Charlie Weis

Wow: Kansas hires Charlie Weis as its next head coach


Again, wow.

Rumors that began to surface late Wednesday — and were dismissed by nearly every observer — have come to fruition: Charlie Weis is the new head football coach at Kansas.

In an announcement made on its official website, KU confirmed that Weis will be introduced as the Jayhawks’ new coach at a press conference Friday.  The specific time of the press conference is still to be determined.

The college football world isn’t the only one stunned by KU’s hiring of Weis; according to a tweet from CBS‘s Brett McMurphy, Will Muschamp, Weis’ boss, “didn’t know Weis interviewed at Kansas [and was] on [his] way to [a] Gator Bowl press conference when news broke [that] Weis [was] hired.”

Muschamp later clarified that he and Weis had discussed the Kansas job over the past few days.  Last month, however, Weis seemed set on returning to Florida for another season.

“I’m going to coach for a long time,” Weis said on Nov. 22, when he was asked whether he would be back at Florida next season. “I’m not… my wife says I can’t quit. That’s not even… remember I have a kid who is a freshman in college here. Remember the reasons why I came here. So, I’ll be here for a while, unless you’re trying to get rid of me. No, he didn’t get free tuition if you were wondering.”

That, obviously, was before the KU job came open after the firing of Turner Gill.

Weis spent last season as Florida’s offensive coordinator — it’s very likely you’ll hear more cheers over this hire coming from Gainesville than Lawrence — after one year out of the game.  From 2005-2009, and in his only head-coaching stint at any level of football, Weis led Notre Dame to a 35-27 mark.  He was fired after the 2009 season, spending 2010 as the Kansas City Chiefs’ offensive coordinator before moving to the same job with the Gators.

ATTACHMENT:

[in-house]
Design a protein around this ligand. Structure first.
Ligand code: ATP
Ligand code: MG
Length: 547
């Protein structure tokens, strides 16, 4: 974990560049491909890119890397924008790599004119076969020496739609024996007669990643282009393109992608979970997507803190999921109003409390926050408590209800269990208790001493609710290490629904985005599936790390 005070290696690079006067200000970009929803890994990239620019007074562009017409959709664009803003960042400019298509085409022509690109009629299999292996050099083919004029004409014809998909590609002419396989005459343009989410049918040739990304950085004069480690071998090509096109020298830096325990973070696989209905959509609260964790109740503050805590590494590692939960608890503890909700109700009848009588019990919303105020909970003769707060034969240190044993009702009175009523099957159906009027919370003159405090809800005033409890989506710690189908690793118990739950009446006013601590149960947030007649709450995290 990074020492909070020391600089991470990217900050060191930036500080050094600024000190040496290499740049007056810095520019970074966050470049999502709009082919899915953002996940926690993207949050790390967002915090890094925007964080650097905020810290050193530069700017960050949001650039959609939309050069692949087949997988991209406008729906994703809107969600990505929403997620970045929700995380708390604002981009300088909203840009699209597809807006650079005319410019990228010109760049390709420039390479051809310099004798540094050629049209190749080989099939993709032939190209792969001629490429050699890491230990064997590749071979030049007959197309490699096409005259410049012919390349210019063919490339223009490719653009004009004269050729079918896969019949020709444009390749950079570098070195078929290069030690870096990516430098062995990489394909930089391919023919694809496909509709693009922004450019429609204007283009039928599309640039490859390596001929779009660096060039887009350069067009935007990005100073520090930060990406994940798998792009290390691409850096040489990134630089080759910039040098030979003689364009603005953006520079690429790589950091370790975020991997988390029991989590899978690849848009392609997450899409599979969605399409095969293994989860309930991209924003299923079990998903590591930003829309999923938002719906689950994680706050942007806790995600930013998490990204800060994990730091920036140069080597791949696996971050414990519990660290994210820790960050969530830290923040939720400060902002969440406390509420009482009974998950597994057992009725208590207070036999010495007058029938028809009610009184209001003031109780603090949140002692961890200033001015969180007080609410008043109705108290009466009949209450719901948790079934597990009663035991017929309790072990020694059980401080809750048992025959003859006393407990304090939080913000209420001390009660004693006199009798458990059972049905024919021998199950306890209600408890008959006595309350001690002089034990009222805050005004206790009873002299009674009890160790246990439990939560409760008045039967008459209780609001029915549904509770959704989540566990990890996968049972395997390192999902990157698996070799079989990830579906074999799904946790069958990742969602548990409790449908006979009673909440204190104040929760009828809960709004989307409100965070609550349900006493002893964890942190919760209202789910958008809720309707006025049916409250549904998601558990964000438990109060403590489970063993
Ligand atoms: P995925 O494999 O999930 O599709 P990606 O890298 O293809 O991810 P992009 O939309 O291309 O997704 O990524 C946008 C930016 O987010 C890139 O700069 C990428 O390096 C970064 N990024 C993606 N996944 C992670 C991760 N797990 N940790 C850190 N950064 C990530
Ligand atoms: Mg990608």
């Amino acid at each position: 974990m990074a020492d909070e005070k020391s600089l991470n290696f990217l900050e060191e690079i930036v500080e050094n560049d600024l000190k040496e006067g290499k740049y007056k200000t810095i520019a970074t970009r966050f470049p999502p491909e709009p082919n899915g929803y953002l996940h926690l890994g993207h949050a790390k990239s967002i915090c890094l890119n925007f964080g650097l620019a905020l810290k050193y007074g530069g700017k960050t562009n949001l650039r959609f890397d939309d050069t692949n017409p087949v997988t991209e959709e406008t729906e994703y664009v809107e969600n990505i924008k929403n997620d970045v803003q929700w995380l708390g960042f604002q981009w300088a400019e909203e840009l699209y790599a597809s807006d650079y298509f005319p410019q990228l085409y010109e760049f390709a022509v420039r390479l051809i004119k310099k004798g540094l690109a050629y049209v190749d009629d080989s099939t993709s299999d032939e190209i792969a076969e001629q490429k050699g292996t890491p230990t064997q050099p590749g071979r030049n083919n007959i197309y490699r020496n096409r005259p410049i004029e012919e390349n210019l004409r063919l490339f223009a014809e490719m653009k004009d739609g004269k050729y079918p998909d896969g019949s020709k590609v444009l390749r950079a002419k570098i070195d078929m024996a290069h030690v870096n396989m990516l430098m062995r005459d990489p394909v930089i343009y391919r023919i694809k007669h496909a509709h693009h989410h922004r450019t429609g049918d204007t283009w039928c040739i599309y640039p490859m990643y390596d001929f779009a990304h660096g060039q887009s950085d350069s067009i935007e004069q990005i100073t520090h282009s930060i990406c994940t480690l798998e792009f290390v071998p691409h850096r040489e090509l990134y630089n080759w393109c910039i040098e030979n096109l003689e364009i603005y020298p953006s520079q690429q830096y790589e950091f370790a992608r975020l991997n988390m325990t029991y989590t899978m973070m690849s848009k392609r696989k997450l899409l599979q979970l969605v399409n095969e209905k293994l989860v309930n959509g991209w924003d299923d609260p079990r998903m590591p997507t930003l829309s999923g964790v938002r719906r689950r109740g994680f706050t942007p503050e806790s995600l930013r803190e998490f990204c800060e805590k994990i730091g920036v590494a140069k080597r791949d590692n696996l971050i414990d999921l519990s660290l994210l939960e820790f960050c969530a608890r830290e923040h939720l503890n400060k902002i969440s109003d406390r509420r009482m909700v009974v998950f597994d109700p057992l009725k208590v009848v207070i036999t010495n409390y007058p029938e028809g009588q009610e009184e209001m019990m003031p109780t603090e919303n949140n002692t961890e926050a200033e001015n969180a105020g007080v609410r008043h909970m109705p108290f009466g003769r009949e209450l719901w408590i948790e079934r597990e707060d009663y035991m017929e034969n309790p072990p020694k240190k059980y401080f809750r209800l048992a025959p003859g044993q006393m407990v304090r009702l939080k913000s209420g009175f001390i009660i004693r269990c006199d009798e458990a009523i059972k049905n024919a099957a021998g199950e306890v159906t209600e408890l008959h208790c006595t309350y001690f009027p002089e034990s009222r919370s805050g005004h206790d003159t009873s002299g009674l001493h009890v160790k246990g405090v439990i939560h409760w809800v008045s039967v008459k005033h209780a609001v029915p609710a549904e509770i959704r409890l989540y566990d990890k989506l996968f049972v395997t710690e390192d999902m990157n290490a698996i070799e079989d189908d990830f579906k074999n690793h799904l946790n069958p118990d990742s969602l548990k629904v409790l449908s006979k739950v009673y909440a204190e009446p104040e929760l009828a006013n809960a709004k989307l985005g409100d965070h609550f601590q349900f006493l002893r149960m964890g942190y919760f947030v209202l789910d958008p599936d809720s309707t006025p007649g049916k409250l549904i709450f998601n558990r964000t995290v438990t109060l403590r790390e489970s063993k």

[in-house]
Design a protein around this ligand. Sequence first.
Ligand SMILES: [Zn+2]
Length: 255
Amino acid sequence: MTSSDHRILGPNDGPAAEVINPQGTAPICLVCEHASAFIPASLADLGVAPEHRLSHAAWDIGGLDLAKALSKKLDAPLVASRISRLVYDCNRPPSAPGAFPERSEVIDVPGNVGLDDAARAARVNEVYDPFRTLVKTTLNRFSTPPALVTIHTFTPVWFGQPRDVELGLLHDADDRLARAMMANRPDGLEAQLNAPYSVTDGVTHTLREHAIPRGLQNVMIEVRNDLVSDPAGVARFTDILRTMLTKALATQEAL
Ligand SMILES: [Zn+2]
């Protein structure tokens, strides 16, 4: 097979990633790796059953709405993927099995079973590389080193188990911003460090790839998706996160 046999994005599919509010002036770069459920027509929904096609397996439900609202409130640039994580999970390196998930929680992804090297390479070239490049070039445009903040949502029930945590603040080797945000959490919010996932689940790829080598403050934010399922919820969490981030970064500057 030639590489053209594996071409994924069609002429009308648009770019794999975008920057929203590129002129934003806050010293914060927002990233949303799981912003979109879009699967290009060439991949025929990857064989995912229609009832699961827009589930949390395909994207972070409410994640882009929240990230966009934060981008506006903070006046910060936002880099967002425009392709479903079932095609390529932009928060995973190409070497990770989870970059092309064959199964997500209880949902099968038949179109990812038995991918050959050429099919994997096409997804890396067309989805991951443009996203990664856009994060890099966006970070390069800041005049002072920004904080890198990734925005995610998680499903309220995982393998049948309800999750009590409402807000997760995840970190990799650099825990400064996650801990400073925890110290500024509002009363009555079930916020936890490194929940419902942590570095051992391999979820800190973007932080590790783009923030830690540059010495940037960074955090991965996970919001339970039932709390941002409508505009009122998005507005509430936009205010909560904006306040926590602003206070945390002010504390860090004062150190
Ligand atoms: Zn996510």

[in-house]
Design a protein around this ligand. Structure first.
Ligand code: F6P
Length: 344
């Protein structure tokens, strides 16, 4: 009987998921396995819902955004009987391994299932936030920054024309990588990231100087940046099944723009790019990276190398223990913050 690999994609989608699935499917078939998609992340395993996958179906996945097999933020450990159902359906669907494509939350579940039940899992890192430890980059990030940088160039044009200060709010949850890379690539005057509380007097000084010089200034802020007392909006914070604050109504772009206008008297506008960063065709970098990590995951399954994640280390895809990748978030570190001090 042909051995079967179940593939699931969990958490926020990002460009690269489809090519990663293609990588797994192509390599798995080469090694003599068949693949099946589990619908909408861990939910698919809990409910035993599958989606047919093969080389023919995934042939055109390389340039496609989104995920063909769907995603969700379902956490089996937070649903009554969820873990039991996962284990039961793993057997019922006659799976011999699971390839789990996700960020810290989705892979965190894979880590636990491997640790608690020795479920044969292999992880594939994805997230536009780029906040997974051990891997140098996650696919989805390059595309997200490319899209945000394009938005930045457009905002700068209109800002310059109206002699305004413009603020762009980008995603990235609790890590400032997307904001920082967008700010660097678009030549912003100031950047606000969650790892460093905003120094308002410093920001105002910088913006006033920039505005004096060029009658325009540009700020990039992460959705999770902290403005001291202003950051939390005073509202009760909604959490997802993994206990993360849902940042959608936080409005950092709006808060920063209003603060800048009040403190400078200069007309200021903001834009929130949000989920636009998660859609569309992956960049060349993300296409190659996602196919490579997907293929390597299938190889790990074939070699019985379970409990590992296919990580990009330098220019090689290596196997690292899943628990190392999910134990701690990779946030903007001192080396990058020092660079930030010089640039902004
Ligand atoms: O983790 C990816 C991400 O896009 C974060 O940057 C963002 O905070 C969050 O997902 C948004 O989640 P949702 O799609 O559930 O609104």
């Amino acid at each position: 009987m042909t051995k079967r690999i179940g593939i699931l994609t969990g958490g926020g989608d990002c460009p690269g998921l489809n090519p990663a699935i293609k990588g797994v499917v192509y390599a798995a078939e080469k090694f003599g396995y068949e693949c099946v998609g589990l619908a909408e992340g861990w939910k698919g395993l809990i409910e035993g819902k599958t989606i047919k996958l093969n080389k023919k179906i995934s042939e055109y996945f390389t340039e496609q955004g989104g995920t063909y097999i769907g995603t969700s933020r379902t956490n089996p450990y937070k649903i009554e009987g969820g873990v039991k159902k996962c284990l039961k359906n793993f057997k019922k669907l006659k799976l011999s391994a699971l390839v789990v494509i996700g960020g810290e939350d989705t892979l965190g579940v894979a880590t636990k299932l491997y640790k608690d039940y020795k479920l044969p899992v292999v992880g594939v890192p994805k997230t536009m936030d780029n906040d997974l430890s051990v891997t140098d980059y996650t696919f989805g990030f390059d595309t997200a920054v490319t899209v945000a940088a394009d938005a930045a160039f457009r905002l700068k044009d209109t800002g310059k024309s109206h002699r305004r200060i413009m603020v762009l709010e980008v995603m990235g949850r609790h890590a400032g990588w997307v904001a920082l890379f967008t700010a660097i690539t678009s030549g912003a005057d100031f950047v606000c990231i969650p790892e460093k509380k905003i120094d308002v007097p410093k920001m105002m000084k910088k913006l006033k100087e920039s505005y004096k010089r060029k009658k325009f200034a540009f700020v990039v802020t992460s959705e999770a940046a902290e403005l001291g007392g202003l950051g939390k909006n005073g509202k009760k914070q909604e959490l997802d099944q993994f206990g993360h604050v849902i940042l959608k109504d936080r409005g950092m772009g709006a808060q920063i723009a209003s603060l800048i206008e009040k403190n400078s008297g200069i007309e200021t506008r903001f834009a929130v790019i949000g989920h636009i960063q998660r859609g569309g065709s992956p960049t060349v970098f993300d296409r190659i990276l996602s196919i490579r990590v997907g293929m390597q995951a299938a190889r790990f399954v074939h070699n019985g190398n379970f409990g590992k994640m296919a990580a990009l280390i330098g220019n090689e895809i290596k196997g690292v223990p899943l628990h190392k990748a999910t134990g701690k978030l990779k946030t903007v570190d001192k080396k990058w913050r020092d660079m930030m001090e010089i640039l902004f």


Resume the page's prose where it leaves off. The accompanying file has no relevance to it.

During his lone season at UF, Weis came under intense criticism from Gator Nation for the underwhelming performance of his offense in 2011.  Hired as part of Muschamp’s first UF coaching staff, Weis took an offense that was 43rd in points per game (29.9) and 82nd in total offense per game (350.9 yards) in 2010 and transformed it into an offense that finished 72nd (25.6) and 102nd (334.2), respectively, in 2011.

At $865,000 last year, and as noted by Jason Lieser of the Palm Beach Post, Weis was the highest-paid assistant coach in the history of Florida football.

Mark Dantonio quickly tosses aside South Carolina discussion

Mark Dantonio

Michigan State has become a national power under the coaching of Mark Dantonio. The grizzled and confident coach has put together a master plan in East Lansing and has taken the Spartans to the top of the Big Ten along the way, capturing a Big Ten title and victories in the Cotton Bowl and Rose Bowl as well as in-state dominance over the Michigan Wolverines. Danotnio is preparing his Spartans to take on the Wolverines this week, but with the new vacancy opening up at South Carolina following the sudden retirement of Steve Spurrier, Dantonio has already been presented with the question about his thoughts on coaching at South Carolina.

He did not seem all that interested in discussing the vacancy when meeting with Michigan State media this morning.

“Coach Spurrier’s had an outstanding career there, it’s alma mater, and we’re here to talk about Michigan,” Dantonio said when asked about it today. Video below from the Big Ten Network

Dantonio played defensive back for the Gamecocks in the mid 1970s, which helps make Dantonio an interesting name to mention in any coaching future discussion out of Columbia. While Dantonio may have played at South Carolina for Jim Carlen, Dantonio grew up in Ohio and has coached the bulk of his career within Ohio and the Big Ten. He is also one win away from picking up his 100th career coaching victory, 81 of which have come at Michigan State.

Dan Patrick: Spurrier brought personality to the SEC

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South Carolina head coach Steve Spurrier is stepping down as head coach of the Gamecocks, and that has the college football world reflecting on the impact he has had on the game of college football. Spurrier’s quips at rivals and revolutionary thoughts on where the sport has been heading were always on the mark, even when his team’s performance on the field was not.

Dan Patrick shared his reaction to the news of Spurrier retiring today on The Dan Patrick Show (simulcast on NBC Sports Network). As many have already suggested, Spurrier’s wit and charm brought a refreshing personality to the SEC.